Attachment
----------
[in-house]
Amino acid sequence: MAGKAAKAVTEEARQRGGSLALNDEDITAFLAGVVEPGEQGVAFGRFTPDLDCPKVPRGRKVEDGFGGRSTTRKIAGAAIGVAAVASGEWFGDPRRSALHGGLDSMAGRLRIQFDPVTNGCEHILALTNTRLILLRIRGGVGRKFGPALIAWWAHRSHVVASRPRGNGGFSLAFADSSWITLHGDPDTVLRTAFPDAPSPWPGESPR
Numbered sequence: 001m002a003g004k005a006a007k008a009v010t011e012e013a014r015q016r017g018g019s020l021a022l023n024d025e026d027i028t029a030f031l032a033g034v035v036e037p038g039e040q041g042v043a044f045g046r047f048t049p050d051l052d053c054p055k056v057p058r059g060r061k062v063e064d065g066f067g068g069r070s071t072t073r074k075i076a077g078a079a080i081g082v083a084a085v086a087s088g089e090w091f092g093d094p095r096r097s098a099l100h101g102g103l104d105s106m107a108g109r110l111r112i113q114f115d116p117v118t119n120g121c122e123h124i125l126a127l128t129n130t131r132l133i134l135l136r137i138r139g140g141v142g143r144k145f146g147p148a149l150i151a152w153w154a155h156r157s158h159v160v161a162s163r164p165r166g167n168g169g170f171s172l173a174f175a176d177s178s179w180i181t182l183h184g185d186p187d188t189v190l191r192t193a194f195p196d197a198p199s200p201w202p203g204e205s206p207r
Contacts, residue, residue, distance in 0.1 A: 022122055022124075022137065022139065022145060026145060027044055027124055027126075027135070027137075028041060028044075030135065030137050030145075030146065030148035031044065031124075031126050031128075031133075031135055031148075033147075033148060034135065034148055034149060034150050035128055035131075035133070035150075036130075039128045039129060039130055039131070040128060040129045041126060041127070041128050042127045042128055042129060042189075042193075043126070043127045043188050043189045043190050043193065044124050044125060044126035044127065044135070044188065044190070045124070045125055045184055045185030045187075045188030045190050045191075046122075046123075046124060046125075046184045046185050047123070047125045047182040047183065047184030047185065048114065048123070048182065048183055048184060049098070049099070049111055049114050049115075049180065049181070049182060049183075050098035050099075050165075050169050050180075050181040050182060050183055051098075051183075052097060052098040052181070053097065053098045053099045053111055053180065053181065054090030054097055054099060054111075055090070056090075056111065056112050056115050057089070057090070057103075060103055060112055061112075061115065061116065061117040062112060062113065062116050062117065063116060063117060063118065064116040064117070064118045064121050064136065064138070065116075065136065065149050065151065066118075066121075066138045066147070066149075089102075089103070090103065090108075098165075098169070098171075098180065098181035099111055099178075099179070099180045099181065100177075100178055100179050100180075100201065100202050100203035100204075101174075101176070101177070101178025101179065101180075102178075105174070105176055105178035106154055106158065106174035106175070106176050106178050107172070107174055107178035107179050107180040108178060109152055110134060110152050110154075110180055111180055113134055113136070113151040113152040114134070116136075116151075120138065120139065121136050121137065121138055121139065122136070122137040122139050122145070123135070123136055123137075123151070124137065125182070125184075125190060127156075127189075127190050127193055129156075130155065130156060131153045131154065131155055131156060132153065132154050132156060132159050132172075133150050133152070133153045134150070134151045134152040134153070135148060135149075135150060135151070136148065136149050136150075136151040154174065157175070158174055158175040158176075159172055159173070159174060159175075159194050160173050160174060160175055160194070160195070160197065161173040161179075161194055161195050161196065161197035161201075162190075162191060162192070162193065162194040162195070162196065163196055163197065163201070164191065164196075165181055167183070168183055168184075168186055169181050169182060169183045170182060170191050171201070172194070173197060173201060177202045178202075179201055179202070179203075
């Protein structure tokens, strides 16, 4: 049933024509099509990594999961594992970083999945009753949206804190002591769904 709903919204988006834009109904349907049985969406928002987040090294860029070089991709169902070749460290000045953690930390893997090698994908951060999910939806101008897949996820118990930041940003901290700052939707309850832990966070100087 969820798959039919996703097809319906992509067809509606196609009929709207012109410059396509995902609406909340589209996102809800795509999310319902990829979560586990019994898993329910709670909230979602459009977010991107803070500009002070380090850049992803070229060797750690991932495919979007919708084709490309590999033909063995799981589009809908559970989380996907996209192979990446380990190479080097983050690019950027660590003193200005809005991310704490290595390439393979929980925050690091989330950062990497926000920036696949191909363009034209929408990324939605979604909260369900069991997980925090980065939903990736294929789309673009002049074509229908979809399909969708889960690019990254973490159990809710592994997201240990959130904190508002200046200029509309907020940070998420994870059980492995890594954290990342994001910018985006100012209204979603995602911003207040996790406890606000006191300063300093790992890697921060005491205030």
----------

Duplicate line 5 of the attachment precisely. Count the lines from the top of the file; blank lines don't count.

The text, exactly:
């Protein structure tokens, strides 16, 4: 049933024509099509990594999961594992970083999945009753949206804190002591769904 709903919204988006834009109904349907049985969406928002987040090294860029070089991709169902070749460290000045953690930390893997090698994908951060999910939806101008897949996820118990930041940003901290700052939707309850832990966070100087 969820798959039919996703097809319906992509067809509606196609009929709207012109410059396509995902609406909340589209996102809800795509999310319902990829979560586990019994898993329910709670909230979602459009977010991107803070500009002070380090850049992803070229060797750690991932495919979007919708084709490309590999033909063995799981589009809908559970989380996907996209192979990446380990190479080097983050690019950027660590003193200005809005991310704490290595390439393979929980925050690091989330950062990497926000920036696949191909363009034209929408990324939605979604909260369900069991997980925090980065939903990736294929789309673009002049074509229908979809399909969708889960690019990254973490159990809710592994997201240990959130904190508002200046200029509309907020940070998420994870059980492995890594954290990342994001910018985006100012209204979603995602911003207040996790406890606000006191300063300093790992890697921060005491205030």